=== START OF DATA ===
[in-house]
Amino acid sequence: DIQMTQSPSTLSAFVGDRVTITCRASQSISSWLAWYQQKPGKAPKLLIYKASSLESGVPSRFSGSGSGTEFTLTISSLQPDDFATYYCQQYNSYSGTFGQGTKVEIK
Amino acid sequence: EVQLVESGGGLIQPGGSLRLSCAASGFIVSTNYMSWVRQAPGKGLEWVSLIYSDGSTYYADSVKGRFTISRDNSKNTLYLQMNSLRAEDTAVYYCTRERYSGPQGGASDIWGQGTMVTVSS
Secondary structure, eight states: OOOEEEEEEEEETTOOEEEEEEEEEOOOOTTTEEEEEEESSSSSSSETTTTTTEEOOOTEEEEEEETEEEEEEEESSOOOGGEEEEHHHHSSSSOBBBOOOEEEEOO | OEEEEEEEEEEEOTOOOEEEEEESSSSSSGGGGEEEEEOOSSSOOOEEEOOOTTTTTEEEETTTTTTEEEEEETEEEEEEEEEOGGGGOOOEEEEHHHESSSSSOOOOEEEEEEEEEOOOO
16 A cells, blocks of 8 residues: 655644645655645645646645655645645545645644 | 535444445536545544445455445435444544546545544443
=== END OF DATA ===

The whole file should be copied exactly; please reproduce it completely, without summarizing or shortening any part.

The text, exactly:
[in-house]
Amino acid sequence: DIQMTQSPSTLSAFVGDRVTITCRASQSISSWLAWYQQKPGKAPKLLIYKASSLESGVPSRFSGSGSGTEFTLTISSLQPDDFATYYCQQYNSYSGTFGQGTKVEIK
Amino acid sequence: EVQLVESGGGLIQPGGSLRLSCAASGFIVSTNYMSWVRQAPGKGLEWVSLIYSDGSTYYADSVKGRFTISRDNSKNTLYLQMNSLRAEDTAVYYCTRERYSGPQGGASDIWGQGTMVTVSS
Secondary structure, eight states: OOOEEEEEEEEETTOOEEEEEEEEEOOOOTTTEEEEEEESSSSSSSETTTTTTEEOOOTEEEEEEETEEEEEEEESSOOOGGEEEEHHHHSSSSOBBBOOOEEEEOO | OEEEEEEEEEEEOTOOOEEEEEESSSSSSGGGGEEEEEOOSSSOOOEEEOOOTTTTTEEEETTTTTTEEEEEETEEEEEEEEEOGGGGOOOEEEEHHHESSSSSOOOOEEEEEEEEEOOOO
16 A cells, blocks of 8 residues: 655644645655645645646645655645645545645644 | 535444445536545544445455445435444544546545544443